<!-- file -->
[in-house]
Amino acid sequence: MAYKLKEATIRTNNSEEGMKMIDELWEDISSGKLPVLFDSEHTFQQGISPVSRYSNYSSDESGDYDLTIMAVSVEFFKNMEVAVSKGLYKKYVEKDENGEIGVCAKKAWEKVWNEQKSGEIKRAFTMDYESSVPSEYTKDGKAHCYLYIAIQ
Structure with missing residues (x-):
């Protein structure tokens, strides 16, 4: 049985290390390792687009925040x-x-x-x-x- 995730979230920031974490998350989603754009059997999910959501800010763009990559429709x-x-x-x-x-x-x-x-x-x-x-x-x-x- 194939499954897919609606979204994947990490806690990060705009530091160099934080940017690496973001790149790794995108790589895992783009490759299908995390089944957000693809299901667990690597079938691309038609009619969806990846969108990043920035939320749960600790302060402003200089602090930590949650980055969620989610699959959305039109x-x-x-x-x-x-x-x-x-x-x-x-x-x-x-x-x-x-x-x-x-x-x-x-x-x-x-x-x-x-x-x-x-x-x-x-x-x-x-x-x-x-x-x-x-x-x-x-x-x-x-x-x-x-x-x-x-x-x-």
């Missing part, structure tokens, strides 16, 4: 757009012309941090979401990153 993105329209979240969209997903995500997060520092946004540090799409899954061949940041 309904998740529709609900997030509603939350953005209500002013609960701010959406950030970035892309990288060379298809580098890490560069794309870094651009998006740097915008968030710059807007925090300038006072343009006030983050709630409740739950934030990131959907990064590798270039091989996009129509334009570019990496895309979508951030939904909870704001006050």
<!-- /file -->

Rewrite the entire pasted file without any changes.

[in-house]
Amino acid sequence: MAYKLKEATIRTNNSEEGMKMIDELWEDISSGKLPVLFDSEHTFQQGISPVSRYSNYSSDESGDYDLTIMAVSVEFFKNMEVAVSKGLYKKYVEKDENGEIGVCAKKAWEKVWNEQKSGEIKRAFTMDYESSVPSEYTKDGKAHCYLYIAIQ
Structure with missing residues (x-):
């Protein structure tokens, strides 16, 4: 049985290390390792687009925040x-x-x-x-x- 995730979230920031974490998350989603754009059997999910959501800010763009990559429709x-x-x-x-x-x-x-x-x-x-x-x-x-x- 194939499954897919609606979204994947990490806690990060705009530091160099934080940017690496973001790149790794995108790589895992783009490759299908995390089944957000693809299901667990690597079938691309038609009619969806990846969108990043920035939320749960600790302060402003200089602090930590949650980055969620989610699959959305039109x-x-x-x-x-x-x-x-x-x-x-x-x-x-x-x-x-x-x-x-x-x-x-x-x-x-x-x-x-x-x-x-x-x-x-x-x-x-x-x-x-x-x-x-x-x-x-x-x-x-x-x-x-x-x-x-x-x-x-």
């Missing part, structure tokens, strides 16, 4: 757009012309941090979401990153 993105329209979240969209997903995500997060520092946004540090799409899954061949940041 309904998740529709609900997030509603939350953005209500002013609960701010959406950030970035892309990288060379298809580098890490560069794309870094651009998006740097915008968030710059807007925090300038006072343009006030983050709630409740739950934030990131959907990064590798270039091989996009129509334009570019990496895309979508951030939904909870704001006050």